This year’s Cyber Monday and other holiday shopping may bring the tipping point to the use of voice-enabled, digital assistants. Smart speakers like the Amazon Echo and Google Home are among top gifts, and ownership of these devices is expected to rise to nearly half (48%) of U.S. consumers after the holiday season (up from 32% in August according to Adobe Analytics’ new research). At this pace, more than half of U.S. consumers will own a smart speaker by early 2019. That 50% market adoption is a critical point for a product to become mainstream, as we’ve seen with the televisions, mobile phones and other innovations that are now part of our everyday lives.
Smart speakers are driving the rise in voice usage, but if you own a smartphone you’ve probably asked its virtual assistant for help finding a nearby gas station or checked on the weather. Mobile voice searches tend to be hyper-local, 3X more so than text-related searches. While Siri acts more like a drunk elf turning your words into mayhem, the voice recognition technology in smart speakers has become far more advanced. So much so that ComScore predicts that by 2020, 50% of all searches will be done by voice. We’re already seeing increases in voice shopping, with 30% of smart speaker owners saying they use their devices for shopping or ordering items, as well as product research and price comparisons.
For now, traditional touch search still leads, but as voice technology becomes more reliable and word accuracy increases, we’ll be able to have more of a dialogue with our virtual assistants rather than relying on a few keywords. That is the real game changer. As Microsoft’s Search Evangelist Christi Olson said at this year’s Internet Summit in Raleigh, voice search isn’t the next big disruptor. It’s conversational AI shifting consumer behavior and the way we discover and engage with brands.
“Voice is just another way to use search, while conversational AI speaks back and responds, Olson said. “You’re hearing a response rather than seeing it, so it’s more personal and engaging that typing something into a search bot, and creates opportunity to be more conversational with your consumers.”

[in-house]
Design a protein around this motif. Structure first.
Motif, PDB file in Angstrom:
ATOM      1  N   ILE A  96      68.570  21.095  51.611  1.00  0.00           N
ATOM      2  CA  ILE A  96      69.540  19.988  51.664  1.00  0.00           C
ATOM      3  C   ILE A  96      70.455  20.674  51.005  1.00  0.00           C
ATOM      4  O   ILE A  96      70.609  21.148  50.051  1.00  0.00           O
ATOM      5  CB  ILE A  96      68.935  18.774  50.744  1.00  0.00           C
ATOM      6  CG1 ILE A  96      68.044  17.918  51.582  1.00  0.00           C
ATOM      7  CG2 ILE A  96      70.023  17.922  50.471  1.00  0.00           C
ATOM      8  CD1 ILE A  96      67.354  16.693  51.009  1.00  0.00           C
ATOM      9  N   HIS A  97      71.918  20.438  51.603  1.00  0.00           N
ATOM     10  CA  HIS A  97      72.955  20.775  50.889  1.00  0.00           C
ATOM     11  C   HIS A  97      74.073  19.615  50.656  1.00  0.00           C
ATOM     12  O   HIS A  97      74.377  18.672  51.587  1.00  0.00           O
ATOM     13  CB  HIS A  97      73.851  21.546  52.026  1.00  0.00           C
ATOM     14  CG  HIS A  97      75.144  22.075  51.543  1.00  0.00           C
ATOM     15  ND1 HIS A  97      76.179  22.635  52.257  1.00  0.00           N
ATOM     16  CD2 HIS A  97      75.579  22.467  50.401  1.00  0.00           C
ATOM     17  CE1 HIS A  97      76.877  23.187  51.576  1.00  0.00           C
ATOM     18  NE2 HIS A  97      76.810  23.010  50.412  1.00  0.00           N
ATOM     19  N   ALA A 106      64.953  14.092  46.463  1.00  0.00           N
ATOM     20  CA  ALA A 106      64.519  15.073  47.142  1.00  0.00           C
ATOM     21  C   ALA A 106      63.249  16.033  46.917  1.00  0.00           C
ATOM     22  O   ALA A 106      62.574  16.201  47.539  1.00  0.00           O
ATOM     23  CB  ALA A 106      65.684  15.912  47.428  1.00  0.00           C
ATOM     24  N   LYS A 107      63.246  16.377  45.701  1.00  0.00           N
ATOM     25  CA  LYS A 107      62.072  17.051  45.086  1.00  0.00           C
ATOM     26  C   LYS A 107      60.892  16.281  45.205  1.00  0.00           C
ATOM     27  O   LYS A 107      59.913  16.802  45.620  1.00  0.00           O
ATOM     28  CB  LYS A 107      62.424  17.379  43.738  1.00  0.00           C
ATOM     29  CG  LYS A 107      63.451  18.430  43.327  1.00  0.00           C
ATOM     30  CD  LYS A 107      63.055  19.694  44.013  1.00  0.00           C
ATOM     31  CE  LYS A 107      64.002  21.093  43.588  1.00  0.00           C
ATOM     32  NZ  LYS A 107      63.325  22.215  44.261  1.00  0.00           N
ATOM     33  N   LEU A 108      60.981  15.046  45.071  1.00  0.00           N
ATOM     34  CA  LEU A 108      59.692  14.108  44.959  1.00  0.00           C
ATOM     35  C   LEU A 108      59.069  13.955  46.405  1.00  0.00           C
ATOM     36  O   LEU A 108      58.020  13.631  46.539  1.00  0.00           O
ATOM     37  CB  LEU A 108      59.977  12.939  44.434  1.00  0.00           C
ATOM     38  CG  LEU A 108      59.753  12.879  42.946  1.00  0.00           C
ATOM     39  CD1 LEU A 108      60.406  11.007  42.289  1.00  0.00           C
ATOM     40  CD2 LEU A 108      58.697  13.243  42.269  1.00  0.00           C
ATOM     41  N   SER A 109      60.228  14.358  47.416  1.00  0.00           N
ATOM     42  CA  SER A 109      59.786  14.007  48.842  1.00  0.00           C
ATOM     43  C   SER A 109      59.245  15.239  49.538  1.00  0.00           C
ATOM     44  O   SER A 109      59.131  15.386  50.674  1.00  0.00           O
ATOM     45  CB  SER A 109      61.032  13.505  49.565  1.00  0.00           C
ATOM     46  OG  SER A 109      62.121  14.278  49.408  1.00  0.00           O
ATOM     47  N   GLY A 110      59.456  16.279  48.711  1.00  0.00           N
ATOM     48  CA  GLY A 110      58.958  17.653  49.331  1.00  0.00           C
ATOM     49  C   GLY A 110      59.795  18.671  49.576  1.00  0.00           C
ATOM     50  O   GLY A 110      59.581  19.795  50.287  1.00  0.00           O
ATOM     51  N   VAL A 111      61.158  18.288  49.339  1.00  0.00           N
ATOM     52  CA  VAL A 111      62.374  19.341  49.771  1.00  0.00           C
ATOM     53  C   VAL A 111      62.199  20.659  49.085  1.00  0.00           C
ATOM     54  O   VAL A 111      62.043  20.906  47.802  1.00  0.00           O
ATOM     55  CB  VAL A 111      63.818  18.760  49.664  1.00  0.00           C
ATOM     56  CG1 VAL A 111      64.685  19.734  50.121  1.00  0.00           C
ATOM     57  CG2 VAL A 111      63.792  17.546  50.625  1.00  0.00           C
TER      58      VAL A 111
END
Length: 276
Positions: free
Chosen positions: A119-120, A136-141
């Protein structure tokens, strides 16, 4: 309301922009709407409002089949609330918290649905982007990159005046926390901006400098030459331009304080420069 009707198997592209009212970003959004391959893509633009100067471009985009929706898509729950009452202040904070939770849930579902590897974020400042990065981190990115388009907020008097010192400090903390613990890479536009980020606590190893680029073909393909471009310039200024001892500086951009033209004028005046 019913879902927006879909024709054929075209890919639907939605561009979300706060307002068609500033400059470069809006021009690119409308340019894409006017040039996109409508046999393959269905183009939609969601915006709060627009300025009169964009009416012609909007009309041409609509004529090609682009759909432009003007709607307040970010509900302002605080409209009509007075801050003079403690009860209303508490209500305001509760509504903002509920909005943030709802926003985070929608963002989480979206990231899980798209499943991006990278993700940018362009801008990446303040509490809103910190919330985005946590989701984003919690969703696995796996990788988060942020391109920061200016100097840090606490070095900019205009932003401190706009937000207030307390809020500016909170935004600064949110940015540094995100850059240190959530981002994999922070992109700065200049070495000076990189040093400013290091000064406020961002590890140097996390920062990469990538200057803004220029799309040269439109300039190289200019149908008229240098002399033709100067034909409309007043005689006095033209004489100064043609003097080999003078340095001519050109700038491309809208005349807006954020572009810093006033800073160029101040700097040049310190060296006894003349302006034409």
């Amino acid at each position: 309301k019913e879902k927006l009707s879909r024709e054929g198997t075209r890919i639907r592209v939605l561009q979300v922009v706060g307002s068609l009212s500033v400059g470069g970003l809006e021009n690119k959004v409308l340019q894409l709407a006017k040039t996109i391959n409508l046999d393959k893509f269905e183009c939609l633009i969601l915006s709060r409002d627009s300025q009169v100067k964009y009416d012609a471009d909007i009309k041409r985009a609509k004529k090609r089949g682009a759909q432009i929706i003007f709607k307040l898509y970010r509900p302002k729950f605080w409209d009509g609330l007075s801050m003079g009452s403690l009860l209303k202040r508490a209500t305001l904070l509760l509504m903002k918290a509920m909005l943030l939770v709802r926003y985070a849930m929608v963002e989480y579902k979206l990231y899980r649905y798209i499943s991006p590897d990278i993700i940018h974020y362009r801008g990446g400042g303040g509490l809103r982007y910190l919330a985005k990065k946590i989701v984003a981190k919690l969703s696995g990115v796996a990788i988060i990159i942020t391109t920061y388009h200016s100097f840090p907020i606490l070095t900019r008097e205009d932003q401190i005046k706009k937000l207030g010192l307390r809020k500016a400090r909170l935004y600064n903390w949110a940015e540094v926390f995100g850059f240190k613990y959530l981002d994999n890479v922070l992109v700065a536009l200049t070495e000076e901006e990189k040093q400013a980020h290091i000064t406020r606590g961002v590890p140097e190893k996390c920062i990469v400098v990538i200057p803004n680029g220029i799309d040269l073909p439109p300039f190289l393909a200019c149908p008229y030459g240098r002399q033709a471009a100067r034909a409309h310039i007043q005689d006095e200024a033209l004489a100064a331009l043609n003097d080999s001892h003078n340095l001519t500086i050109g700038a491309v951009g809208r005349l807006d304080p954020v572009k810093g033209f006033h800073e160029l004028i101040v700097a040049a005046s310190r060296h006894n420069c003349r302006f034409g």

So how do you optimize your business and search strategy for voice?
1. Own Position Zero in the SERPs
While text-based search engines typically show pages and pages of results, you must own that top position to be sourced by a voice assistant. There is no position two in voice search results, so you need to up your SEO game to ensure being found. Voice search results usually source from “featured snippets,” which are the “answer boxes” that appear at the top of the organic search results — think Wikipedia, which is the most featured site. Most of these snippets come from the top 10 ranked pages, so while it’s not required to be the #1 organic SERP, it will increase your chances of being sourced. As part of your SEO strategy, make sure your Google My Business page and other listings are correct and optimized with content to rank highly in the “near me” searches. Just as brands have seen the need for more images and videos to rank highly in search, content that is optimized for conversational AI will also need to be developed.
2. Rely on Conversational Phrases, Not Keywords
Consumers will typically use more conversational and complete sentences with voice search than with text-based search. Although Amazon and Google aren’t releasing data on the voice search queries consumers are using, there are useful tools available to help uncover the most frequently used terms. These include SEO tools such as MOZ and SEMRush, as well as your paid search data analytics and Google Search Console. A Google search will also bring up “Related Searches” that can identify new phrases and types of queries that can be integrated into your content marketing strategy.
3. Create Useful Content
Search query data gives unique insights into the needs of your customers and where they are in the consumer journey. They are sharing all types of useful, intent signals that you can use to develop content that delivers value, builds trust and moves them along the path to purchase. While news and music are the most frequently asked questions by smart speaker owners, “how-to” instructions, store hours and product recommendations are also common. “If your content is provided in a question-answer form, you are more likely to rank highly on Google and gain Google’s coveted answer snippets,” says Nate Masterson, marketing manager for Maple Holistics.
4. Prepare for More Change
Smart speakers are driving the adoption of other voice-enabled technology, such as wearables, car devices, and even appliances. You can expect to see (hear?) voice search becoming more commonplace as consumers rely on them for more than just playing music or turning up the heater, but also make them a go-to for food delivery and booking travel. These conversations are a goldmine of intent data that can be used for creating more valuable brand engagement. While Google and Amazon currently limit advertising, there are workarounds, such as creating a branded Alexa Skill or Google Home app. Ad space is also available on podcasts, news sources and Alexa’s FlashBriefing; however, the audience reach and targeting are limited until smart speaker adoption grows. For brands that start experimenting in this space now, though, the lessons learned will give them a commanding lead.